THE MINISTRY of Justice on Saturday announced the municipal elections will be postponed from mid-April to 13 June.
The decision was made in a meeting between the party secretaries of the nine parliamentary parties and Minister of Justice Anna-Maja Henriksson (SFP) on Saturday, with eight of the secretaries expressing their support for the postponement.
Henriksson on Saturday stated that it would have been “technically” possible to organise the elections on schedule but said the willingness to postpone increased following a situation assessment and projections presented to the Ministry of Justice by the Finnish Institute for Health and Welfare (THL).
“THL estimated that the number of infections on the original election day, 18 April, could be 2,600–11,200. That was startling detail,” she stated in a news conference.
“The threshold for moving back the elections is very high. As responsible decision-makers, we can’t disregard the statements of health care authorities.”
The material was published on Saturday.
Moving forward with the elections on schedule, she pointed out, would have presented significant risks not only to health security, but also the legitimacy of the elections despite the measures adopted by authorities as it could have resulted in a sharp decline in voter turnout or necessitated a last-minute postponement.
“The measures can’t fully guarantee that all the risks are eliminated,” she said.
She also highlighted that the postponement should ensure the majority of people at high risk of developing serious symptoms from a coronavirus infections should have been vaccinated by the elections.
Henriksson revealed that the advance voting period will be lengthened to two weeks and take place between 26 May and 8 June. The voting register will also be re-created to grant voting rights to anyone turning 18 by 13 June.
The only parliamentary party to object to the postponement was the Finns Party.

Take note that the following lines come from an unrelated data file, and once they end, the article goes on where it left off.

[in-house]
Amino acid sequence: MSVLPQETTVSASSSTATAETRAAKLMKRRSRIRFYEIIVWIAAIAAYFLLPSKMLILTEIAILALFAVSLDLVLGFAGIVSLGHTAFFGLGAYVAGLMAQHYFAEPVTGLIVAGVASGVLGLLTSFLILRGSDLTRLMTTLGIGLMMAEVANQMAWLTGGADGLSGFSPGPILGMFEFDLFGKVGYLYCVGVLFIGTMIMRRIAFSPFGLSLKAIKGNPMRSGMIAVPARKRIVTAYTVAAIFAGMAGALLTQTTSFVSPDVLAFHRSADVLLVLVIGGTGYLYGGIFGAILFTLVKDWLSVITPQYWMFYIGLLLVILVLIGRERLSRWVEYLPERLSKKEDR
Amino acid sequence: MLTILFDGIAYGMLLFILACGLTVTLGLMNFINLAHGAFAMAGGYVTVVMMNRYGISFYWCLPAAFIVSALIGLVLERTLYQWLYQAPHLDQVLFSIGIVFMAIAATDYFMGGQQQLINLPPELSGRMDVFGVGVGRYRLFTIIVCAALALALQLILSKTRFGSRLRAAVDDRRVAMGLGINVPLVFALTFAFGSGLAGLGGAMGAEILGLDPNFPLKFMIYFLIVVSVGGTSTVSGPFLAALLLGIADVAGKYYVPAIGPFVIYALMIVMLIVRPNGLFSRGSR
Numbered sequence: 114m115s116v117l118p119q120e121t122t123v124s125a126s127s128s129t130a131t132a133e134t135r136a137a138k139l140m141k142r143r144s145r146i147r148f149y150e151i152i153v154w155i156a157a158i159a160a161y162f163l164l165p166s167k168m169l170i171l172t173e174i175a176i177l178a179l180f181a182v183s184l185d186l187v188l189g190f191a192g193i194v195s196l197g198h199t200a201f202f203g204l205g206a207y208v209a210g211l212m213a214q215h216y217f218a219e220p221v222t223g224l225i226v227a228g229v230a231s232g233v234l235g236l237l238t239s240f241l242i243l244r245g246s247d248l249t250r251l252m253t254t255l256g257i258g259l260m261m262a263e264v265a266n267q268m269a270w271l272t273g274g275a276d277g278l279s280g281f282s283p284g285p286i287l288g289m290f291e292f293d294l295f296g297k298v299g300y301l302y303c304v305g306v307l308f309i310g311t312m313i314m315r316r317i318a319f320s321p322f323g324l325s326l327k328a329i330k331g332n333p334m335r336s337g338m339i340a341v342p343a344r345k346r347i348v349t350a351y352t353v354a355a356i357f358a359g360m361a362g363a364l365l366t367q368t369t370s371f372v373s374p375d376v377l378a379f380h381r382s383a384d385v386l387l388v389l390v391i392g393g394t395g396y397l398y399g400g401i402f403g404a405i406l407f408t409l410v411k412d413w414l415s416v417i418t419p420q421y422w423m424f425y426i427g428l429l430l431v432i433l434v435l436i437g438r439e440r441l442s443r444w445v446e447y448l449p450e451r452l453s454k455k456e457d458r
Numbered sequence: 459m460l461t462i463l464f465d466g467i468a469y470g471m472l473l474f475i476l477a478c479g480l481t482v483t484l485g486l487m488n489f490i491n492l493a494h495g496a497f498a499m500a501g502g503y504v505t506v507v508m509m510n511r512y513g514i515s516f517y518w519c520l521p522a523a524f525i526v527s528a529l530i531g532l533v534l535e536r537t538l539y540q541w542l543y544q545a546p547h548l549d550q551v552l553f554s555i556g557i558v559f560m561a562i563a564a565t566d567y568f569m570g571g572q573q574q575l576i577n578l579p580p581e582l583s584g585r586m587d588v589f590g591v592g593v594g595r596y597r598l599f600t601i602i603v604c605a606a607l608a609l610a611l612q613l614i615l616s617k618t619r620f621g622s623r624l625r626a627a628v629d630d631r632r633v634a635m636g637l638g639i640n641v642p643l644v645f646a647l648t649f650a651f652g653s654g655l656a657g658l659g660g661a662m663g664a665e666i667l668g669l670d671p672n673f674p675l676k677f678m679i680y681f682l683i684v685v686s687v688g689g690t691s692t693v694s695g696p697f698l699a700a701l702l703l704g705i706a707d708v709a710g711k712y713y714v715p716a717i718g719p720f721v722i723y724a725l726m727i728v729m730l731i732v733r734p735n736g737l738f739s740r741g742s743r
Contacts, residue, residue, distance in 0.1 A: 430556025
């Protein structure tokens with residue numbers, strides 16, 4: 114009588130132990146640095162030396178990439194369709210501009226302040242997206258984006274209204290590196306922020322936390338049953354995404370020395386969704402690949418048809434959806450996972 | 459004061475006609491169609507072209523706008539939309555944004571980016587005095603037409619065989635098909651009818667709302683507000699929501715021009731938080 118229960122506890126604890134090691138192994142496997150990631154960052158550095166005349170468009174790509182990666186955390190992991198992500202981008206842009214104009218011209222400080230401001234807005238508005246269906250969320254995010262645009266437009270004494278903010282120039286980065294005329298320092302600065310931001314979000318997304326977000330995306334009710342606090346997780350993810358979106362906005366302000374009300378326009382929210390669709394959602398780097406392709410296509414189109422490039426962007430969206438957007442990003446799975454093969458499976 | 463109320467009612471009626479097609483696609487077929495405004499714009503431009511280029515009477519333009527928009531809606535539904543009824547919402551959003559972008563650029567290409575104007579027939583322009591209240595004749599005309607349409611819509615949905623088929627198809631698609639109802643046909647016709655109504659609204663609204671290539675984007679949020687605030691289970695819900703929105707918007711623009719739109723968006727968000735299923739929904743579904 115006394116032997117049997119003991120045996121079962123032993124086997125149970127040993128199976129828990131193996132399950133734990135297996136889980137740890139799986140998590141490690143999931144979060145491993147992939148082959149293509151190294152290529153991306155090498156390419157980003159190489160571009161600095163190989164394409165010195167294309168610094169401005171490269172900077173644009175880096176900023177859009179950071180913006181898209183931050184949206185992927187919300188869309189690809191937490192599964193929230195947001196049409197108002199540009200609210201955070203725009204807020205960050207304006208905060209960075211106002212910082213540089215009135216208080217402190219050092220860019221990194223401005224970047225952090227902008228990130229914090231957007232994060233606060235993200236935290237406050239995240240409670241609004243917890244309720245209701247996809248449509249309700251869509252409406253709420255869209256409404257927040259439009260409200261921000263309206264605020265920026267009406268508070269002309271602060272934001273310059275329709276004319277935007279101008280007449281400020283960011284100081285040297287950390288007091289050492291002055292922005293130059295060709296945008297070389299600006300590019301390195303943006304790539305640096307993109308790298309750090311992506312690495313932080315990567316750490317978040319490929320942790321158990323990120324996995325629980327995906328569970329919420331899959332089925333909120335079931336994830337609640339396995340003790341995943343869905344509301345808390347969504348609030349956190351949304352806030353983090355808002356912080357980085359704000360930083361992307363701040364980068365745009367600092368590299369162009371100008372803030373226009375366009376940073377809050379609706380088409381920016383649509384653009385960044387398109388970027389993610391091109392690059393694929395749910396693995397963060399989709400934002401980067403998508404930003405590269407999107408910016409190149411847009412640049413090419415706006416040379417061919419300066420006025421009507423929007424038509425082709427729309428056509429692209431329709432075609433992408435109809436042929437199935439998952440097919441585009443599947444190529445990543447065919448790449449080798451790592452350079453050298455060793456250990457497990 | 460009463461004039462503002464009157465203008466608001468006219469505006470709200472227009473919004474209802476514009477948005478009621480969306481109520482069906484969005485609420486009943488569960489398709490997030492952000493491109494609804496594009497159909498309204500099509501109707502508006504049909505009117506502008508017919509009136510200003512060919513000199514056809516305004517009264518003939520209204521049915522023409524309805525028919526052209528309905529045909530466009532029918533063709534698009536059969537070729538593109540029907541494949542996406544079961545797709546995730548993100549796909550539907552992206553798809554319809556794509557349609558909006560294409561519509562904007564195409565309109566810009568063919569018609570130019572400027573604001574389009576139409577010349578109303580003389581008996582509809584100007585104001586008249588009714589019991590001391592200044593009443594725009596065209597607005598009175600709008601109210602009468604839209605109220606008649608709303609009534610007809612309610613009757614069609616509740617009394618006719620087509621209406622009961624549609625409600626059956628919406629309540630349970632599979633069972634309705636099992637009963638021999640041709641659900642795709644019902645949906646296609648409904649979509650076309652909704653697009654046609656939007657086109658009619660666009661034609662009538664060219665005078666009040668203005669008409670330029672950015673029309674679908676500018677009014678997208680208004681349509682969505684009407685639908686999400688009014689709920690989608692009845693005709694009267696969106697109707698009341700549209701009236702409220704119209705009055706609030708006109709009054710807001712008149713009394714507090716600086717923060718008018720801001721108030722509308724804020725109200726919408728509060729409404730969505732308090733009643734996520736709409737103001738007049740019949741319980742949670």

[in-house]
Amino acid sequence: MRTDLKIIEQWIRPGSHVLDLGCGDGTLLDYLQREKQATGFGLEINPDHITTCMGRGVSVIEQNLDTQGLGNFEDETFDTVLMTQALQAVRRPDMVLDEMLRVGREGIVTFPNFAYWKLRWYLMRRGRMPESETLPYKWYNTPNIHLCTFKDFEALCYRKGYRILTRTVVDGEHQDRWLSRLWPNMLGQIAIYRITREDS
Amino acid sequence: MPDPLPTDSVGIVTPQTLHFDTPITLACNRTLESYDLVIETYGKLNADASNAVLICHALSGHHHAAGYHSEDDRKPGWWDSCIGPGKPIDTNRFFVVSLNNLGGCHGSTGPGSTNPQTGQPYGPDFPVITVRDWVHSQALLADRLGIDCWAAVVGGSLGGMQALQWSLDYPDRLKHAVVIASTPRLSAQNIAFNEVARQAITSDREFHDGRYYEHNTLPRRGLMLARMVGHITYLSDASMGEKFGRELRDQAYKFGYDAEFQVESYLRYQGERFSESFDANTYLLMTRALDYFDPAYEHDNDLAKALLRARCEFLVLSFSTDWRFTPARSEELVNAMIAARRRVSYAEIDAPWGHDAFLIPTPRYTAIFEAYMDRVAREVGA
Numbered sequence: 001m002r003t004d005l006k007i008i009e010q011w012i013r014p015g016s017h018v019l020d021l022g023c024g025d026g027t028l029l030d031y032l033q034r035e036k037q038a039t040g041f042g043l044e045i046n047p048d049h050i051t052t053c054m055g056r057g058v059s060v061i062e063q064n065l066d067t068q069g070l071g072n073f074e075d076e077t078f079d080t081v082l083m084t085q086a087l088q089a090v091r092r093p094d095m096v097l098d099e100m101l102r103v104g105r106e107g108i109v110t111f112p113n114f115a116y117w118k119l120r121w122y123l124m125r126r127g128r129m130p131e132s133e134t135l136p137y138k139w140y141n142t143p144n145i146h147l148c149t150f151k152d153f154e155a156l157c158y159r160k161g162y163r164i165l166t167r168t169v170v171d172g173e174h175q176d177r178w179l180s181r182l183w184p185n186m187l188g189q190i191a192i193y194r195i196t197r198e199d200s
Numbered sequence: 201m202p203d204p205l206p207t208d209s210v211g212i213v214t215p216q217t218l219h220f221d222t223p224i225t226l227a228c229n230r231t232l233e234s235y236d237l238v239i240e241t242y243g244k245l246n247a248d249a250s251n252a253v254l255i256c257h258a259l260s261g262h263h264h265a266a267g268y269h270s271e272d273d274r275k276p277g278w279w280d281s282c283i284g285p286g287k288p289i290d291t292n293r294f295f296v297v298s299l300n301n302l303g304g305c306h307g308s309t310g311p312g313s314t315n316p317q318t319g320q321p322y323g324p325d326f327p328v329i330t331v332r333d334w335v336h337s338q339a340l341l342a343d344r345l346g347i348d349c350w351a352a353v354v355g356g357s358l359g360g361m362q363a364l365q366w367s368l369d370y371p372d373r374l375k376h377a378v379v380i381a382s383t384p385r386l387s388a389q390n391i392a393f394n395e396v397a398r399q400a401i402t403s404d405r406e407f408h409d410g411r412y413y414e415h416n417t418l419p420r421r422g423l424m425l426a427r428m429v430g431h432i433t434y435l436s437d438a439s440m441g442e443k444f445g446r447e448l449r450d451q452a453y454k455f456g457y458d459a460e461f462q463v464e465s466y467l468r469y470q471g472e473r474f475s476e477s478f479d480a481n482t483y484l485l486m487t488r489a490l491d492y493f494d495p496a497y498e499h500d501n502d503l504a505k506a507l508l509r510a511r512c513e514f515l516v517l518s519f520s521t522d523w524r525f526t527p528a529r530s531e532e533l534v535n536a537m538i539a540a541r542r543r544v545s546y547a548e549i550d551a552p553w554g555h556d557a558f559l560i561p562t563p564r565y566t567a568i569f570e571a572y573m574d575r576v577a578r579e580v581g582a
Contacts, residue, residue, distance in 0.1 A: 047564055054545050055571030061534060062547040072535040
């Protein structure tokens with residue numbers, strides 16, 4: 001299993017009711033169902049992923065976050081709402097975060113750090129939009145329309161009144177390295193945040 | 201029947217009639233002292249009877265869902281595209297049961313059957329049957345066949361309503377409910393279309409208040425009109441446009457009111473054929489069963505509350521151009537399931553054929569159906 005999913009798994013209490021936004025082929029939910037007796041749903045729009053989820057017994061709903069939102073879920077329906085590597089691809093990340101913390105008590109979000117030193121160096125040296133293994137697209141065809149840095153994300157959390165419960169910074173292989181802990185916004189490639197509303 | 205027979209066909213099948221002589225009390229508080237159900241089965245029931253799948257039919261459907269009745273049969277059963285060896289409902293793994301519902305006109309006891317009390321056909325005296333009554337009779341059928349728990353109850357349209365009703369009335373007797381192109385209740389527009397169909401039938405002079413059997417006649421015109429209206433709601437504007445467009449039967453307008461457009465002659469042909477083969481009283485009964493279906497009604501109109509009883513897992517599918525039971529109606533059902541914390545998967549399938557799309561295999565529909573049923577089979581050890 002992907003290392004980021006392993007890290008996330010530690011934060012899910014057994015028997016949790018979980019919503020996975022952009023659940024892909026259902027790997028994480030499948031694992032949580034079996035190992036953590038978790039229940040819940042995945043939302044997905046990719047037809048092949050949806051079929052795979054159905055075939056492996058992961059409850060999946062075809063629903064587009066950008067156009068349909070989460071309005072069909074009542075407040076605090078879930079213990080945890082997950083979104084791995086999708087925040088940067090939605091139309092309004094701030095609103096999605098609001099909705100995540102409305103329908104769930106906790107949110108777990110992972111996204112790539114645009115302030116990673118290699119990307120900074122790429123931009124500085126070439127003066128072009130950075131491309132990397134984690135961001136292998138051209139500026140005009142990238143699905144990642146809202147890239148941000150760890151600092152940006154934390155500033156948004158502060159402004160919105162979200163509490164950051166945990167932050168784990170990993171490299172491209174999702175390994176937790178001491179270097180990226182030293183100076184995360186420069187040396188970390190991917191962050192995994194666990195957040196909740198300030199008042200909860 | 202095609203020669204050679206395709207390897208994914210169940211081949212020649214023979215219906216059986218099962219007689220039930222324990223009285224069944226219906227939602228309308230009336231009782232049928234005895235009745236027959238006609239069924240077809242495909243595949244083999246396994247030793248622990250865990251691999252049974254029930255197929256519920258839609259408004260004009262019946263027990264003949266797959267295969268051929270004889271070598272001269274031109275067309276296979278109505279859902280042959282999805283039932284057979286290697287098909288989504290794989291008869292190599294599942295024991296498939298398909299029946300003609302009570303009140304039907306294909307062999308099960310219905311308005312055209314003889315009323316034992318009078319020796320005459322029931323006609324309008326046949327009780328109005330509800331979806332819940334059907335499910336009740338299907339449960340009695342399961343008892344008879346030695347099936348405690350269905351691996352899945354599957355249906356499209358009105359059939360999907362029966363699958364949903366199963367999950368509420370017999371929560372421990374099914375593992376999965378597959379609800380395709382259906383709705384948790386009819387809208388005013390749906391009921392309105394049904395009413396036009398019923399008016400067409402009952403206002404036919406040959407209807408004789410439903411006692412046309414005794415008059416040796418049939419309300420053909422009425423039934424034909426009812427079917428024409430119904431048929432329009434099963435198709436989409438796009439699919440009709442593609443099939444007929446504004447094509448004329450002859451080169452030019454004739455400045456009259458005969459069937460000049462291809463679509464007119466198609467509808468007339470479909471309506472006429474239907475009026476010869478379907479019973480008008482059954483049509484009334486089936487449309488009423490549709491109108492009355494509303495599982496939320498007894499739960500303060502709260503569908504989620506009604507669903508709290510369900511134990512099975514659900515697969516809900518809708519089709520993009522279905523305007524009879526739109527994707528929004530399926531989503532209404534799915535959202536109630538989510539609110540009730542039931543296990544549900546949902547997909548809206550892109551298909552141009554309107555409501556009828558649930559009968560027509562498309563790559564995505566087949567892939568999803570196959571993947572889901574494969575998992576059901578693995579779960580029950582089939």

“The Finns Party sees no reason why the municipal elections could not be held on time. Elections have been held in numerous countries in significantly worse coronavirus situations. Postponing the elections gnaws away at the credibility of our democracy,” Simo Grönroos, the party secretary of the Finns Party, commented on Twitter.
Henriksson on Saturday responded to the criticism by pointing out that the decision should be made solely in light of the situation in Finland.
“In Finland, we’re making decisions in light of the situation in Finland – not Portugal or the United States. And [we’re making decisions] listening to our own experts and institutions,” she retorted. “It’s very important that all the material we received for the meeting is published now. Maybe then it’ll be easier to understand why we thought this was the best decision.”
The International Institute for Democracy and Electoral Assistance (IDEA) has reported that the coronavirus pandemic had prompted the postponement of elections in 75 countries by early February. Many of the postponements, however, took place in the first couple of months of the pandemic.
Henriksson also confirmed that the government is intent on amending the elections act to enable the postponement of elections without the unanimous support of political parties, due to the opposition of the Finns Party.
“I’ve tried to do my best so that all parties could stand behind the proposal I’m disappointed this wasn’t good for the Finns Party,” lamented Henriksson.
“It inevitably also means that the matter has become politicised.”
Aleksi Teivainen – HT